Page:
Plaintiff's Form 1099s containing the incorrect SSN to
Defendant Dobishinski, an attorney hired by Defendant Griffin
to administer Griffin's publishing catalogues. (SAC
¶¶ 6, 23.) Plaintiff alleges that this was done
pursuant to a power of attorney (SAC Ex. O) she claims was
forged. (SAC ¶ 23.) Plaintiff claims that, due to the
use of an incorrect SSN, Plaintiff's royalty income was
not credited to her by Dobishinski from 1985 to 1992. (SAC
Plaintiff alleges that BMI misattributed certain of
Plaintiff's works to accounts in the name of “Anne
Marie Bryant, ” which Plaintiff asserts was used to
misdirect royalties to which Plaintiff was entitled. (SAC
¶ 54.) Plaintiff alleges that this misattribution
occurred in approximately 1985. (Id.) Plaintiff also
alleges that, since 1990, she has received royalties for
background cues, but not for “themes and feature songs,
” because those (more lucrative) works are registered
to “Anne Marie Bryant” rather than Plaintiff.
(SAC ¶ 57.)
Plaintiff alleges that she produced musical works for Thomas
Griffin and his company Sunbow Productions Inc.
(“Sunbow”), which held the copyright in
Plaintiff's productions pursuant to an agreement the SAC
terms the “JEM Agreement.” (SAC ¶ 81 &
Ex. S.) Plaintiff alleges that the JEM Agreement is invalid
because it was signed by Sunbow and “Kinder &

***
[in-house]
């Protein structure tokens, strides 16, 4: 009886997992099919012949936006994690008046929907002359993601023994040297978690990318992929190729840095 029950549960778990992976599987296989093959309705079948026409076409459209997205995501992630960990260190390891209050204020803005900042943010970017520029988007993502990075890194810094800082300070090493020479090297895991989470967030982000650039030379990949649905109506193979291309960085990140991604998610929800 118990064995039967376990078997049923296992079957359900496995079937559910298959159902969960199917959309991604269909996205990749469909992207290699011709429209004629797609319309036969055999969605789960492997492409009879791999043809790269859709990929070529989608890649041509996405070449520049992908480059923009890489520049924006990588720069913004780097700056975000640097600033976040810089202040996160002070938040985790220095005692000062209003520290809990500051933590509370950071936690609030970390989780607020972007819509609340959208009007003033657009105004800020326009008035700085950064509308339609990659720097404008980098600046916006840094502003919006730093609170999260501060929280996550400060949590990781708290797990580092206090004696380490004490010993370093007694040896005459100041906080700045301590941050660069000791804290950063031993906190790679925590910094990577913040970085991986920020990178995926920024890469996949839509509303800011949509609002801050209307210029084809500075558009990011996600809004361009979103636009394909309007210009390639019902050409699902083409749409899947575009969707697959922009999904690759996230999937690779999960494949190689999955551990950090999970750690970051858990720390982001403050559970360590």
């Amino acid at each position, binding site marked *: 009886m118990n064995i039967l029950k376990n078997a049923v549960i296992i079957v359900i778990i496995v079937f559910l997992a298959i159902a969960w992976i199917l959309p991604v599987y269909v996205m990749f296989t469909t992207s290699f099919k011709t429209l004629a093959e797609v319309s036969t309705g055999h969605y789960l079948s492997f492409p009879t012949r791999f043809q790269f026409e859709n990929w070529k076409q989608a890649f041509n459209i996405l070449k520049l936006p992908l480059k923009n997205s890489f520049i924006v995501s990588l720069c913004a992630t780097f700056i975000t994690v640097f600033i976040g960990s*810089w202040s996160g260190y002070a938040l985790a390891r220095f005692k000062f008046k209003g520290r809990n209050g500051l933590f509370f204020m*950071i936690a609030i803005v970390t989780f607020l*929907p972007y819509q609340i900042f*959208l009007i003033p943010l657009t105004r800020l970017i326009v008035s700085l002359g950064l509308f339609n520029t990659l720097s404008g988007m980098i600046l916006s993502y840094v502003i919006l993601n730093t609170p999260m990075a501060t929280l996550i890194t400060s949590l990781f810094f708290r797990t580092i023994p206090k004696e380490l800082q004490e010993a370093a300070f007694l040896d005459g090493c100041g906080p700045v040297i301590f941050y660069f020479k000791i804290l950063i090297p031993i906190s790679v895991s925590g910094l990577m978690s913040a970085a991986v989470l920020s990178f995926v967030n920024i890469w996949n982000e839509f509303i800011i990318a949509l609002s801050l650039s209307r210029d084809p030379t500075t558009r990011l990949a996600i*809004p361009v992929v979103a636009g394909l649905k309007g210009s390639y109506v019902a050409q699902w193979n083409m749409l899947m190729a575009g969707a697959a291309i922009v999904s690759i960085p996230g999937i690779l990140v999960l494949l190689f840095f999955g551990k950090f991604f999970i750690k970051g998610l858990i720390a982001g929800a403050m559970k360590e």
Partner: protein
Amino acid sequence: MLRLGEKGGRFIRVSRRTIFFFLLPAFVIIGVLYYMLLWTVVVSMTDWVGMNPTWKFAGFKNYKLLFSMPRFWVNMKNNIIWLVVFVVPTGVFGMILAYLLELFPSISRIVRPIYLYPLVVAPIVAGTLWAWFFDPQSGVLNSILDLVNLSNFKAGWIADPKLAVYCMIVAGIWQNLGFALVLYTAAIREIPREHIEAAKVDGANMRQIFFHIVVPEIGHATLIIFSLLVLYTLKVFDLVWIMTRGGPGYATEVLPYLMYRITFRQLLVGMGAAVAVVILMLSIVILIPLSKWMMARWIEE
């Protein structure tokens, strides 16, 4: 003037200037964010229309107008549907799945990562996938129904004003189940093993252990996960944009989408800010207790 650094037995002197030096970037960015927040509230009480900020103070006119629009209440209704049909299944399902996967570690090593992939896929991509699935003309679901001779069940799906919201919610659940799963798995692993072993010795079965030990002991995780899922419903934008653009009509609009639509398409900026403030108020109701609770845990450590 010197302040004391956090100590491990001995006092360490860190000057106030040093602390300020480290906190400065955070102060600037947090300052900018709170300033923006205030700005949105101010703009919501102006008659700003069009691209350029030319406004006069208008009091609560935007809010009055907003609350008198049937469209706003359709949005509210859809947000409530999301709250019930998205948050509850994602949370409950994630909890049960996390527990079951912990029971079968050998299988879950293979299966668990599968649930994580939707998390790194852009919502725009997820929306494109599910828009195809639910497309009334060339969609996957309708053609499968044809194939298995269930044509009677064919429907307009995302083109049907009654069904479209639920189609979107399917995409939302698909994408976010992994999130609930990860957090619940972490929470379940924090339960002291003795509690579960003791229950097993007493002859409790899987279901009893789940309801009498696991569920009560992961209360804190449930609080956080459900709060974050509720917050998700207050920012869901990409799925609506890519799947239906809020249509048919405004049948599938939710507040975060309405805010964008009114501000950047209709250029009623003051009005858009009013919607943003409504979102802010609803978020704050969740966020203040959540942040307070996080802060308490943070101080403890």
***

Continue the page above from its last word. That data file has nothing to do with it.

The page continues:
Bryant Ltd.” - a company Plaintiff claims does not
exist. (SAC ¶¶ 52-54.) Plaintiff alleges that
Dobishinski was the “Administrator” for Griffin.
(SAC ¶ 54.) Plaintiff alleges that she was not paid fees
required by the JEM Agreement (SAC ¶ 55(g)) and further
alleges that this constituted copyright infringement (SAC
alleges that Hasbro is vicariously liable for all of
Dobishinski's actions based on a contract between Hasbro
and Dobishinski. (SAC ¶ 79.) As against Dobishinski, and
against Hasbro through the doctrine of respondeat superior,
Plaintiff alleges claims for fraudulent concealment,
conversion, conspiracy, and copyright infringement as
conversion. (See SAC ¶¶ 37-63.)
considering a motion to dismiss pursuant Federal Rule of
Civil Procedure 12(b)(6), a court must accept as true all
well-pleaded facts alleged in the complaint and draw all
reasonable inferences in the plaintiff's favor.
Kassner v. 2nd Ave. Delicatessen Inc., 496 F.3d 229,
237 (2d Cir. 2007). In addition, in evaluating the legal
sufficiency of a pro se plaintiff's claims, a
court may rely on factual allegations and other materials
submitted with the plaintiff's opposition papers, as long
as they are consistent with the allegations in the complaint.
See Vlad-Berindan v. MTA New York City Transit, No.
14 Civ. 675, 2014 WL 6982929, at *6 (S.D.N.Y. Dec. 9, 2014).
The plaintiff's submissions need not contain detailed
factual allegations, but must contain more than mere
“‘labels and conclusions' or ‘a
formulaic recitation of the elements of a cause of
action.'” Ashcroft v. Iqbal, 556 U.S. 662,
678 (2009) (quoting Bell Atlantic Corp. v. Twombly,
550 U.S. 544, 555 (2007)). Where the factual allegations
permit the court to infer only that it is possible, but not
plausible, that misconduct occurred, the complaint must be
dismissed. Id. at 679 (citing Fed.R.Civ.P. 8(a)(2)).
Submissions of pro se litigants are held to less stringent
standards than those drafted by lawyers. Haines v.
Kerner, 404 U.S. 519, 520-21 (1972). The pleadings and
submissions of a pro se party are read “to
raise the strongest arguments that they suggest.”
Green v. United States, 260 F.3d 78, 83 (2d Cir.
2001) (quoting Graham v. Henderson, 89 F.3d ...